Honored Imperium - Okay
The Honored Imperium is the epitome of the brief descriptor above. It is literally terrain. And that's why it's only labelled as okay. The points cost is low, but the benefit to your army in terms of cover generated is pretty low. No, most of why you'd consider these bits of rubble is the modifications they give to leadership. Stubborn really isn't the best rule, but it (or the fearless provided by the statuary) can definitely help you save some points here and there in costs of sergeants. It's meta dependent but far from the worst option available to us.
Firestorm Redoubt - Great
This bunker is the be all end all in fire support and air control. Atop its battlements sits a pair of quad icarus lascannons (twin-linked two shot lascannons with double range, skyfire, and interceptor). They can't be manually fired, but for a few points, you can buy them to BS3, and their automated fire prioritizes the nearest enemy flyer before ground forces. Not only that, but six models can fire out of it, making it a perfect spot for devastators, sternguard, or combat squads.
Vengeance Weapons Batteries - Great
In the same vein as the firestorm redoubt, there's vengeance weapons batteries. These bear similar firepower to the redoubt, but offer decentralization (they're a single or pair of turrets). This is for better and for worse. It allows you to set up kill lanes, but at the cost of the bunker. These do lack the special rules of the redoubt as well, making it a much more tempting platform for a battle cannon (and wow is it a cheap platform!). If you're looking for the battle cannon, definitely consider these as an out, rather than the redoubt.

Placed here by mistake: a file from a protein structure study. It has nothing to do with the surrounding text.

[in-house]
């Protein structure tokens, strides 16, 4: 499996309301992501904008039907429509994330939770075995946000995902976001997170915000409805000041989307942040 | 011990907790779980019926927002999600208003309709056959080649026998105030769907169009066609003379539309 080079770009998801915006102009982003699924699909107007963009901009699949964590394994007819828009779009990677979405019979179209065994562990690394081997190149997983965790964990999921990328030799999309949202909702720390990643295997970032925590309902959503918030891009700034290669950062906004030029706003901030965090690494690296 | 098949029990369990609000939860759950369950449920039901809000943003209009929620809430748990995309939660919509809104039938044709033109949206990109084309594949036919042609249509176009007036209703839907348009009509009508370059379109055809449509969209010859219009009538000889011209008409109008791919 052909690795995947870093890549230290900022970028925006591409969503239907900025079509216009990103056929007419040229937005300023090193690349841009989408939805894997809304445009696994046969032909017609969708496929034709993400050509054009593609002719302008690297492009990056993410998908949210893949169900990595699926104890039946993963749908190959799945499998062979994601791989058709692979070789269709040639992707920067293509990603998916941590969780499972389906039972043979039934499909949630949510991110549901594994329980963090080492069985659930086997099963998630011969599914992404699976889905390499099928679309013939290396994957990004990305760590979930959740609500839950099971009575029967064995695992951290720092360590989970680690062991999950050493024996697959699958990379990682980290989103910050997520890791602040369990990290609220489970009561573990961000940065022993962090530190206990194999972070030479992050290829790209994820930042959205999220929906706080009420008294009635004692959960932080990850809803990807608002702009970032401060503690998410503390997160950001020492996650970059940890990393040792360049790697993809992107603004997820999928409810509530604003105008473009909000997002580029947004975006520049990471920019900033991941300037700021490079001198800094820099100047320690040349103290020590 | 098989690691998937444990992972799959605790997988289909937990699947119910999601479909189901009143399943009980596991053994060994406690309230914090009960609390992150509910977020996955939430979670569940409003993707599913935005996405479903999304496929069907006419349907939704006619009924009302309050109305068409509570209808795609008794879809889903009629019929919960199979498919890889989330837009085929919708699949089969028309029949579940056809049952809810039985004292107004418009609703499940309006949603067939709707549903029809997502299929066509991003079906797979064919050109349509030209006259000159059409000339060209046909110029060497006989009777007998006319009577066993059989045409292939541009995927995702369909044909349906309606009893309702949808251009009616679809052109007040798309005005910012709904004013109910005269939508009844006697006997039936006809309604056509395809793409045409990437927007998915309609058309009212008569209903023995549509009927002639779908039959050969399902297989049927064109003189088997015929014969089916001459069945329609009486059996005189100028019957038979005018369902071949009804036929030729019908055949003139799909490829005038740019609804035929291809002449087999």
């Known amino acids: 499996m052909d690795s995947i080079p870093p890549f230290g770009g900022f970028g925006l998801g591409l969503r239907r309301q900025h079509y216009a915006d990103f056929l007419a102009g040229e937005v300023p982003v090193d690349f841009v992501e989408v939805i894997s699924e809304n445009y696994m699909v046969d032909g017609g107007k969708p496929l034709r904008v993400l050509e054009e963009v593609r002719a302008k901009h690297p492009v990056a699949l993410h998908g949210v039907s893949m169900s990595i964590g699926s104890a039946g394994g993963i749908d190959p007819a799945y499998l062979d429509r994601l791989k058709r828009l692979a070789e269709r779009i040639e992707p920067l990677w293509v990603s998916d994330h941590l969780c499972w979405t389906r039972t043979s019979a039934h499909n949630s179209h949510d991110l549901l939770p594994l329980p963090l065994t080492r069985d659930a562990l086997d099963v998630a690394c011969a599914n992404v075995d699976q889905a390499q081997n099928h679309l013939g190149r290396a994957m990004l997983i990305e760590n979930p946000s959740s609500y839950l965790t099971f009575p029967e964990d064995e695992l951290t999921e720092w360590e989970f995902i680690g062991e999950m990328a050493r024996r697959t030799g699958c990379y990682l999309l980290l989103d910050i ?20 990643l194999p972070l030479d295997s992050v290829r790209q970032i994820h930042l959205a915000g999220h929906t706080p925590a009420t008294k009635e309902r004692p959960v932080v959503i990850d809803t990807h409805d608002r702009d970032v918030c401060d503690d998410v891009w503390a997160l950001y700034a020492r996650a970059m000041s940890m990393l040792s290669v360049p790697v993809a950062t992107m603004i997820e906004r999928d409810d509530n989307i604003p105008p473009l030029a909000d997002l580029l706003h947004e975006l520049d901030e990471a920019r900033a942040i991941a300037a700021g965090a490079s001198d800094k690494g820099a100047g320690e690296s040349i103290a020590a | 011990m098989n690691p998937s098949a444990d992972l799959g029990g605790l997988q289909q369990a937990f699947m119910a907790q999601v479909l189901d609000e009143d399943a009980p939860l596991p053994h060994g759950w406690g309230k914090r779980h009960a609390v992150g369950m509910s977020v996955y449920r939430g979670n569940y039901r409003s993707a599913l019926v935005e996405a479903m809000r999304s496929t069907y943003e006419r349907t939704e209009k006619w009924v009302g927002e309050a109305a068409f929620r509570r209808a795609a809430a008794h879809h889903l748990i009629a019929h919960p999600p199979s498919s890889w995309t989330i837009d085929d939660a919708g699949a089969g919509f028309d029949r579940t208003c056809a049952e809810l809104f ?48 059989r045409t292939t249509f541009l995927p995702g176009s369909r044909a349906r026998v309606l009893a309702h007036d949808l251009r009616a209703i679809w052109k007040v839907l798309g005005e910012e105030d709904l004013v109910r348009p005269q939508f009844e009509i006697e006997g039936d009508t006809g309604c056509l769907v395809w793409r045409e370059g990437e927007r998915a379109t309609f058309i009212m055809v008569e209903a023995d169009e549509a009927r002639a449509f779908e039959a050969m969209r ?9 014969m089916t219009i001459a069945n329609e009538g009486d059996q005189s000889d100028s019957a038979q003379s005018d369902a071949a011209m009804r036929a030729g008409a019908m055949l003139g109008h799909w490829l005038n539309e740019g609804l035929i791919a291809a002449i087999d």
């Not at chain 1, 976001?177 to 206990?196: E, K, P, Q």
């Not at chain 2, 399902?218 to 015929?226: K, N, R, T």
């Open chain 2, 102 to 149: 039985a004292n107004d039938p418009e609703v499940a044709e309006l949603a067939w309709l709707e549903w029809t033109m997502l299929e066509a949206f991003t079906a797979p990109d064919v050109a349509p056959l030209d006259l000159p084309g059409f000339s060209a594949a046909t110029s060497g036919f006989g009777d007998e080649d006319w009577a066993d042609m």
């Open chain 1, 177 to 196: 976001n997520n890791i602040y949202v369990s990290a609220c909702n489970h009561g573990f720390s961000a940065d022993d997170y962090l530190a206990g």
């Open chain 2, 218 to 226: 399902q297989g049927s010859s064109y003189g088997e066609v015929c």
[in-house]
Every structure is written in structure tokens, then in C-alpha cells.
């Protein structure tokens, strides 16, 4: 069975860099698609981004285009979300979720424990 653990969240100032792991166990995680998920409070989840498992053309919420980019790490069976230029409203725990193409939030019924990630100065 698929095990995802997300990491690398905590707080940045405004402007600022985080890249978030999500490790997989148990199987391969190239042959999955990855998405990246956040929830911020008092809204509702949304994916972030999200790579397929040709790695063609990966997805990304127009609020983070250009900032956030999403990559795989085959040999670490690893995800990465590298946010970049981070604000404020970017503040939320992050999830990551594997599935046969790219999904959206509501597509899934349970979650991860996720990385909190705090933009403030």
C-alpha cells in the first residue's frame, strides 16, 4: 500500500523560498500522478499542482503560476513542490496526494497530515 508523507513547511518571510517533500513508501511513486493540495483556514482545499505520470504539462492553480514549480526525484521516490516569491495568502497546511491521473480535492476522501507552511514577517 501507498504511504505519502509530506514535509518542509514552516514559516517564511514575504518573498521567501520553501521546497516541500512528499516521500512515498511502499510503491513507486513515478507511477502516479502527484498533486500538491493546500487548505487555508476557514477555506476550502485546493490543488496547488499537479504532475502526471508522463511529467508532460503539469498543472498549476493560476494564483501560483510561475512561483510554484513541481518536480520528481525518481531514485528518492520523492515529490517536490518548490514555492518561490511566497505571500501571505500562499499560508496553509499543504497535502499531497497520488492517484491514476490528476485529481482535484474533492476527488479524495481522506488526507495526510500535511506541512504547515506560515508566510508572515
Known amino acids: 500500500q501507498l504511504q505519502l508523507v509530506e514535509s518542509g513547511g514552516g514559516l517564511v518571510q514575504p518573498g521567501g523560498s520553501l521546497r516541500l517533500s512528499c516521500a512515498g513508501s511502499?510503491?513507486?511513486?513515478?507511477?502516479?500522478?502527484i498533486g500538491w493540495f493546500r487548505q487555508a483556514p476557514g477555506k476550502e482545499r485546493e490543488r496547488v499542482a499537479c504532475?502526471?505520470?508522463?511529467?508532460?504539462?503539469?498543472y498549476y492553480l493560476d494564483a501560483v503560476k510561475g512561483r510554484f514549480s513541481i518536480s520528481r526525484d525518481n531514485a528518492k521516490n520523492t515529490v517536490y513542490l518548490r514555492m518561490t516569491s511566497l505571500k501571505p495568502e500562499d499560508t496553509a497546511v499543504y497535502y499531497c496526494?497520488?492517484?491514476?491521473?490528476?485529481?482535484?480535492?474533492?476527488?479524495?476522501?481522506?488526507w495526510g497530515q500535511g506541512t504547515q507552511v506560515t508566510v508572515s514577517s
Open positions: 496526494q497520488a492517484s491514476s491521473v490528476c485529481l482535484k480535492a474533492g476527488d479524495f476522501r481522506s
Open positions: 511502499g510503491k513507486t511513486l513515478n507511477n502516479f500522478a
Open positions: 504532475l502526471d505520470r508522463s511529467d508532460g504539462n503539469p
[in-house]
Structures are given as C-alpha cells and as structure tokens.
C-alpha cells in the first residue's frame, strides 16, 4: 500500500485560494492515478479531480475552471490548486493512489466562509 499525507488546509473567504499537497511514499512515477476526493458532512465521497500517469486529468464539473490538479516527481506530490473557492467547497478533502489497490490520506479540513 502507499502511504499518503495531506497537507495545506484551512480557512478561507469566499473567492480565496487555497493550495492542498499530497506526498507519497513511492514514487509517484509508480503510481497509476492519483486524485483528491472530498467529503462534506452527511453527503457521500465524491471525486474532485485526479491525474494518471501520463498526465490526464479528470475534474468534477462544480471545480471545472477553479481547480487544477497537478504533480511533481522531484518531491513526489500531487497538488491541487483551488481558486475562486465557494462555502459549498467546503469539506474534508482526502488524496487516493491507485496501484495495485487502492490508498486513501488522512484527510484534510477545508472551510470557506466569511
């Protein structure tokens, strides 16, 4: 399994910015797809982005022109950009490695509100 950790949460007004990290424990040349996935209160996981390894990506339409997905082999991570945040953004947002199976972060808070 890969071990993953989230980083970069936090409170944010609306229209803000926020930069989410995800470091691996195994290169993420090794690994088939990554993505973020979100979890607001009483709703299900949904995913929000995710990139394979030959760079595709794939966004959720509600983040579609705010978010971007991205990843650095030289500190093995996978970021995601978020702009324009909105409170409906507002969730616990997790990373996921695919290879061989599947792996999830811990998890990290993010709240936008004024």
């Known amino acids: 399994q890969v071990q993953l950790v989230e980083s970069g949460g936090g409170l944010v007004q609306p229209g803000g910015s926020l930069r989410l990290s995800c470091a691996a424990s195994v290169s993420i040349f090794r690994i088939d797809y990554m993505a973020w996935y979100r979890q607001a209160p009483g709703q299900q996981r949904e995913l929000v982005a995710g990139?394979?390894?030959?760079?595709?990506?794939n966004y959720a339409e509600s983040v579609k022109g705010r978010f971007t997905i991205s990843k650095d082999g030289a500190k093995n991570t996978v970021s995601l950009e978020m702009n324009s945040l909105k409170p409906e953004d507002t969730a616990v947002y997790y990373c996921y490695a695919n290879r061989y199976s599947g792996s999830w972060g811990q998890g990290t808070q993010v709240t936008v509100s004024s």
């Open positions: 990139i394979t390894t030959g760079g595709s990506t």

Here we find ourselves. The last of our "native" codex entries. Everything from here out is allies, inquisitions, lists and tactics. And this is the furthest fringe of our definition of native codex contents. Up until now (Lords of War notwithstanding), every model and all the rules for them have been produced by GW, meaning their legality wasn't really a question. That's not the case with ForgeWorld entries though. Over the last calendar year, we've seen a much bigger push for FW to become legal, but many places still abide by the notion that they're unofficial and therefore require your opponent's permission to use. That said, I'm going to write this piece of my review under the assumption that these models are legal and considered part of the SM codex. Here then is our final chapter.
Contemptor Pattern Dreadnought - Better than Okay, not quite Great